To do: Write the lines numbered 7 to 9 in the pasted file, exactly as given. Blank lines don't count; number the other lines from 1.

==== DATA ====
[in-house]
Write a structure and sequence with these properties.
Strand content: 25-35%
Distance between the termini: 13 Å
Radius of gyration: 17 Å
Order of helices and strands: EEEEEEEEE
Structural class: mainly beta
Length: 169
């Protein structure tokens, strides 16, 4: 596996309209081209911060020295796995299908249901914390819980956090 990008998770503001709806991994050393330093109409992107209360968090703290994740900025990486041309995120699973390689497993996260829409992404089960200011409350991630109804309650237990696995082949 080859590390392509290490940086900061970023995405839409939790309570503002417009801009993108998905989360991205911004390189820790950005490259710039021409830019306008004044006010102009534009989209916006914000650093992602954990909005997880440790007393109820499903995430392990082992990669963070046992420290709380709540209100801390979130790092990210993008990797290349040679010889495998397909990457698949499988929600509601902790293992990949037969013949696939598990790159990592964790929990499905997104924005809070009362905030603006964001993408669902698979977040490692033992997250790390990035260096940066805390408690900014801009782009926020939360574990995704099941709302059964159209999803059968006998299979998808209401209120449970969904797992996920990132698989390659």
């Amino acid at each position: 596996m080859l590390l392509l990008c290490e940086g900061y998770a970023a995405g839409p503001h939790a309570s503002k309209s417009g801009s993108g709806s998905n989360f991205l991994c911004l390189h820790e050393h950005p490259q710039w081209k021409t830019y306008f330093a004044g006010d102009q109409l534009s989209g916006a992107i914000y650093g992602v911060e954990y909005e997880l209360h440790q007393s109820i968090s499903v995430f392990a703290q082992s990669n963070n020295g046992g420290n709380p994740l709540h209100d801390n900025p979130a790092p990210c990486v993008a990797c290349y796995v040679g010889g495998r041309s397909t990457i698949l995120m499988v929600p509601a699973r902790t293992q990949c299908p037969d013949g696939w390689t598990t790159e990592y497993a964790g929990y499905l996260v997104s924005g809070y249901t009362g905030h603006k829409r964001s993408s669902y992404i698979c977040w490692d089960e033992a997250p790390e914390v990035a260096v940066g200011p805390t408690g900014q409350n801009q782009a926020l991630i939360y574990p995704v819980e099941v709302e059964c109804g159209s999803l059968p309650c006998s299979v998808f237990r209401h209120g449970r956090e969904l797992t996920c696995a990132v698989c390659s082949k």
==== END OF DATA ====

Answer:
Structural class: mainly beta
Length: 169
């Protein structure tokens, strides 16, 4: 596996309209081209911060020295796995299908249901914390819980956090 990008998770503001709806991994050393330093109409992107209360968090703290994740900025990486041309995120699973390689497993996260829409992404089960200011409350991630109804309650237990696995082949 080859590390392509290490940086900061970023995405839409939790309570503002417009801009993108998905989360991205911004390189820790950005490259710039021409830019306008004044006010102009534009989209916006914000650093992602954990909005997880440790007393109820499903995430392990082992990669963070046992420290709380709540209100801390979130790092990210993008990797290349040679010889495998397909990457698949499988929600509601902790293992990949037969013949696939598990790159990592964790929990499905997104924005809070009362905030603006964001993408669902698979977040490692033992997250790390990035260096940066805390408690900014801009782009926020939360574990995704099941709302059964159209999803059968006998299979998808209401209120449970969904797992996920990132698989390659």